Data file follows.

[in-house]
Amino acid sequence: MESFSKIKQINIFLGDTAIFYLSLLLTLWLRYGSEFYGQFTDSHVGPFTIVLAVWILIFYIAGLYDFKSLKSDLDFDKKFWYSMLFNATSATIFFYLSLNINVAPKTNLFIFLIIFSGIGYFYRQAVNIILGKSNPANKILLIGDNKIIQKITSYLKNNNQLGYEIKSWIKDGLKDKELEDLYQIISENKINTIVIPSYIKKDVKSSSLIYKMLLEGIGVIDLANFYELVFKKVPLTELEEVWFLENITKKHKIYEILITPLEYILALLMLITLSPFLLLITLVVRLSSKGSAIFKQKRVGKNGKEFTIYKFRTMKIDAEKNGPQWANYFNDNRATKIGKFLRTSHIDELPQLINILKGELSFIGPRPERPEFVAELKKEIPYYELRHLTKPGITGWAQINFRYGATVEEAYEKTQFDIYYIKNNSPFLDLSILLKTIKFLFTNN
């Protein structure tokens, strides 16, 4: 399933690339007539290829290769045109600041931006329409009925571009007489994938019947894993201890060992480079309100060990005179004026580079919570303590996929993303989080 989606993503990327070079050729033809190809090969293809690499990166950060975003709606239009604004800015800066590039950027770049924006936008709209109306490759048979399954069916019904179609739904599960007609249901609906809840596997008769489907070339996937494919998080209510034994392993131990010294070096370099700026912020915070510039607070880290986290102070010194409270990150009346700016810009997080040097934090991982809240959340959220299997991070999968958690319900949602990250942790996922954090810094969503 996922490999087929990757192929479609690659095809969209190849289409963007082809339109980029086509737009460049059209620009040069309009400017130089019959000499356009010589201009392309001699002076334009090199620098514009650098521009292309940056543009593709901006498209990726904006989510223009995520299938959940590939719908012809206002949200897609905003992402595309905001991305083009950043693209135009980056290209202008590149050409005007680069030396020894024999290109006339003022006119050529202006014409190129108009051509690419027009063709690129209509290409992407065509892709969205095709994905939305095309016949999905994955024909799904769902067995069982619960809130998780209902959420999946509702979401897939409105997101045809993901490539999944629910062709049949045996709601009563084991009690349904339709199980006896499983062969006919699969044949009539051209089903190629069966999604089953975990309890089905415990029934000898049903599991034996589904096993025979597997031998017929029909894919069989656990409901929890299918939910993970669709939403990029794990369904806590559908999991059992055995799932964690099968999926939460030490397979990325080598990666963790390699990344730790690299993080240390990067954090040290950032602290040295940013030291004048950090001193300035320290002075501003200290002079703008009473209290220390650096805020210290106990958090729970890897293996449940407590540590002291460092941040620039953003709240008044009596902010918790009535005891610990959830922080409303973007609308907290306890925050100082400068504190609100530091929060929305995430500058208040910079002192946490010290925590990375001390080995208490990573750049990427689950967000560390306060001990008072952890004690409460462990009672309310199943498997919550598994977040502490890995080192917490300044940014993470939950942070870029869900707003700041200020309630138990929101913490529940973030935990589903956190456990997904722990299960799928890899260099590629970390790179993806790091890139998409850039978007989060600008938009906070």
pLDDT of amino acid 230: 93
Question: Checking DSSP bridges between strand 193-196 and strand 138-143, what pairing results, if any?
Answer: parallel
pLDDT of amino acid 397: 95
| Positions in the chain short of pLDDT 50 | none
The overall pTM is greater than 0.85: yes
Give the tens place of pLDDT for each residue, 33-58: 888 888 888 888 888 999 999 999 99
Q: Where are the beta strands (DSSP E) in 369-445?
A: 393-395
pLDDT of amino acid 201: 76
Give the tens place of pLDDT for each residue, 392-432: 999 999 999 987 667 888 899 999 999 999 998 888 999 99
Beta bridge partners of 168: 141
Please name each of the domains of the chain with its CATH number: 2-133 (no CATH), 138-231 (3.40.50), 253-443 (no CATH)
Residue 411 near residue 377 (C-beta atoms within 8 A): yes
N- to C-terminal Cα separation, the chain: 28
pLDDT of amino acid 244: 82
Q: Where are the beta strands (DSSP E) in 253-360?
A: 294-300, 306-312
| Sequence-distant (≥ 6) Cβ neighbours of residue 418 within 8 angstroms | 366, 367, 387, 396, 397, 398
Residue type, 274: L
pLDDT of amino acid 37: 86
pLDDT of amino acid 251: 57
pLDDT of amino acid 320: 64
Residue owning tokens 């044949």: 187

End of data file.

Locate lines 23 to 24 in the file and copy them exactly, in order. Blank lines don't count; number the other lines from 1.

Residue type, 274: L
pLDDT of amino acid 37: 86